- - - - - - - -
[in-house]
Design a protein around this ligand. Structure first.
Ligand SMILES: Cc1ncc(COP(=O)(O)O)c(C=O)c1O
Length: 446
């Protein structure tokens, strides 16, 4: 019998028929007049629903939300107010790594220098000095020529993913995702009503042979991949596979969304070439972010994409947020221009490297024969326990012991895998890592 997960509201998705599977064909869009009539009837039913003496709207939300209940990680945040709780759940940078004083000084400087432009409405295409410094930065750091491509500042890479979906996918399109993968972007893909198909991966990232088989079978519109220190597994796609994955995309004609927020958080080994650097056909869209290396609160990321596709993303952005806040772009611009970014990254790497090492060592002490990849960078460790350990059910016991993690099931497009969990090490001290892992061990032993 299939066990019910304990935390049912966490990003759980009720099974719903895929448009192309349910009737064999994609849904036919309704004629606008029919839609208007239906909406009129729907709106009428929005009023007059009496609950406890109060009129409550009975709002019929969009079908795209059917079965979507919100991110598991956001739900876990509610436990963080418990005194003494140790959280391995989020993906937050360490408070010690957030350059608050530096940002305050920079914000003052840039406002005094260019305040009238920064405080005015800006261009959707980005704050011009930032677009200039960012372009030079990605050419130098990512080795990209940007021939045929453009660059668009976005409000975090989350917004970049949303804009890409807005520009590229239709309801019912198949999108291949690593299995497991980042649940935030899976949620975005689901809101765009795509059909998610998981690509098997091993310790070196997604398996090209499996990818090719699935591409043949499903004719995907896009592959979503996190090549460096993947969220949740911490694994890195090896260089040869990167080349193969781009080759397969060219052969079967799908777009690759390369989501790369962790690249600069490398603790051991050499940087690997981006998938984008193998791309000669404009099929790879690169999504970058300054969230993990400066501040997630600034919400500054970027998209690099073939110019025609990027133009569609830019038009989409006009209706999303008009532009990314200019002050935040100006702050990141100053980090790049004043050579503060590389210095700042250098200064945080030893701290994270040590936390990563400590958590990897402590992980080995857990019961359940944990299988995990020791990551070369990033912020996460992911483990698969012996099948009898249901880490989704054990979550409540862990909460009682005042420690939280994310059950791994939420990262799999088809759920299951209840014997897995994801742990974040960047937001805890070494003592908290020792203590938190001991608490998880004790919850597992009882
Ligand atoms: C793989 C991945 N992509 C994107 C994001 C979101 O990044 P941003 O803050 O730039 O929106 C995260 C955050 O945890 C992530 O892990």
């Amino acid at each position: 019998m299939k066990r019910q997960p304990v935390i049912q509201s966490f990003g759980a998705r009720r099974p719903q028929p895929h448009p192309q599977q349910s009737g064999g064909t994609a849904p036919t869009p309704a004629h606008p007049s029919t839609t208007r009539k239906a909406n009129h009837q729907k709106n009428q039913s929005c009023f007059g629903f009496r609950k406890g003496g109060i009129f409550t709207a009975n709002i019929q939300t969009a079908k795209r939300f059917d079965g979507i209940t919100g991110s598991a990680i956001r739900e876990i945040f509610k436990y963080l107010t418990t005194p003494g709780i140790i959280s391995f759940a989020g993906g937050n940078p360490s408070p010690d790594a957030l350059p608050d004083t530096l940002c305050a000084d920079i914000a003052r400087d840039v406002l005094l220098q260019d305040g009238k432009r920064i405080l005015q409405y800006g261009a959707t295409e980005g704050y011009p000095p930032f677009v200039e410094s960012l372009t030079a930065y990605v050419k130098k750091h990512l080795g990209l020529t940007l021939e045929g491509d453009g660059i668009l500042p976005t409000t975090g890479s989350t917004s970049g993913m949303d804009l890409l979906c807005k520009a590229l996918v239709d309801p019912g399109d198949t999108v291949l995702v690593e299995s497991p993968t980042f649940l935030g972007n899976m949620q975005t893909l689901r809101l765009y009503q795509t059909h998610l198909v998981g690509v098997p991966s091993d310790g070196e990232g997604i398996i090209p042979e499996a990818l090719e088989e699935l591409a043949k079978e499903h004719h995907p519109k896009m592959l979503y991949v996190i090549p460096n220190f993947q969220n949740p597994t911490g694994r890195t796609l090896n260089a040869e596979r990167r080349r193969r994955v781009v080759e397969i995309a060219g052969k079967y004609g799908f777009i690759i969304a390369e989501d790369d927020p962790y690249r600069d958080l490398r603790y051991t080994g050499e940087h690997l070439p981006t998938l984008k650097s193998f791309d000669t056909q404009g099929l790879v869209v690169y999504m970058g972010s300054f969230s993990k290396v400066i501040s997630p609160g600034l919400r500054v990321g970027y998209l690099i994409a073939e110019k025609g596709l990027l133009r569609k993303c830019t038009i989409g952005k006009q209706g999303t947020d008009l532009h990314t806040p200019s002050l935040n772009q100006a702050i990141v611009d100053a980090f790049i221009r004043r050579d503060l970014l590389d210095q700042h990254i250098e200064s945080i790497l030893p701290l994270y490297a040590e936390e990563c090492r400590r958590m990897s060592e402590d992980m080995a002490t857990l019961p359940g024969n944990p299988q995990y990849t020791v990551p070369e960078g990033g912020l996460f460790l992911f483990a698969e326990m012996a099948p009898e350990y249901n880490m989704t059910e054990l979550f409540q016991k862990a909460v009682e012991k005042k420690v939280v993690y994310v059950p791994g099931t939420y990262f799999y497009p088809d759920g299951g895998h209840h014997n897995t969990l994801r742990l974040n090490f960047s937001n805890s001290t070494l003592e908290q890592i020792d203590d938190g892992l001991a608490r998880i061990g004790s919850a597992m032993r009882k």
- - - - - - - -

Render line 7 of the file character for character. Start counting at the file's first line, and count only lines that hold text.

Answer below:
């Amino acid at each position: 019998m299939k066990r019910q997960p304990v935390i049912q509201s966490f990003g759980a998705r009720r099974p719903q028929p895929h448009p192309q599977q349910s009737g064999g064909t994609a849904p036919t869009p309704a004629h606008p007049s029919t839609t208007r009539k239906a909406n009129h009837q729907k709106n009428q039913s929005c009023f007059g629903f009496r609950k406890g003496g109060i009129f409550t709207a009975n709002i019929q939300t969009a079908k795209r939300f059917d079965g979507i209940t919100g991110s598991a990680i956001r739900e876990i945040f509610k436990y963080l107010t418990t005194p003494g709780i140790i959280s391995f759940a989020g993906g937050n940078p360490s408070p010690d790594a957030l350059p608050d004083t530096l940002c305050a000084d920079i914000a003052r400087d840039v406002l005094l220098q260019d305040g009238k432009r920064i405080l005015q409405y800006g261009a959707t295409e980005g704050y011009p000095p930032f677009v200039e410094s960012l372009t030079a930065y990605v050419k130098k750091h990512l080795g990209l020529t940007l021939e045929g491509d453009g660059i668009l500042p976005t409000t975090g890479s989350t917004s970049g993913m949303d804009l890409l979906c807005k520009a590229l996918v239709d309801p019912g399109d198949t999108v291949l995702v690593e299995s497991p993968t980042f649940l935030g972007n899976m949620q975005t893909l689901r809101l765009y009503q795509t059909h998610l198909v998981g690509v098997p991966s091993d310790g070196e990232g997604i398996i090209p042979e499996a990818l090719e088989e699935l591409a043949k079978e499903h004719h995907p519109k896009m592959l979503y991949v996190i090549p460096n220190f993947q969220n949740p597994t911490g694994r890195t796609l090896n260089a040869e596979r990167r080349r193969r994955v781009v080759e397969i995309a060219g052969k079967y004609g799908f777009i690759i969304a390369e989501d790369d927020p962790y690249r600069d958080l490398r603790y051991t080994g050499e940087h690997l070439p981006t998938l984008k650097s193998f791309d000669t056909q404009g099929l790879v869209v690169y999504m970058g972010s300054f969230s993990k290396v400066i501040s997630p609160g600034l919400r500054v990321g970027y998209l690099i994409a073939e110019k025609g596709l990027l133009r569609k993303c830019t038009i989409g952005k006009q209706g999303t947020d008009l532009h990314t806040p200019s002050l935040n772009q100006a702050i990141v611009d100053a980090f790049i221009r004043r050579d503060l970014l590389d210095q700042h990254i250098e200064s945080i790497l030893p701290l994270y490297a040590e936390e990563c090492r400590r958590m990897s060592e402590d992980m080995a002490t857990l019961p359940g024969n944990p299988q995990y990849t020791v990551p070369e960078g990033g912020l996460f460790l992911f483990a698969e326990m012996a099948p009898e350990y249901n880490m989704t059910e054990l979550f409540q016991k862990a909460v009682e012991k005042k420690v939280v993690y994310v059950p791994g099931t939420y990262f799999y497009p088809d759920g299951g895998h209840h014997n897995t969990l994801r742990l974040n090490f960047s937001n805890s001290t070494l003592e908290q890592i020792d203590d938190g892992l001991a608490r998880i061990g004790s919850a597992m032993r009882k």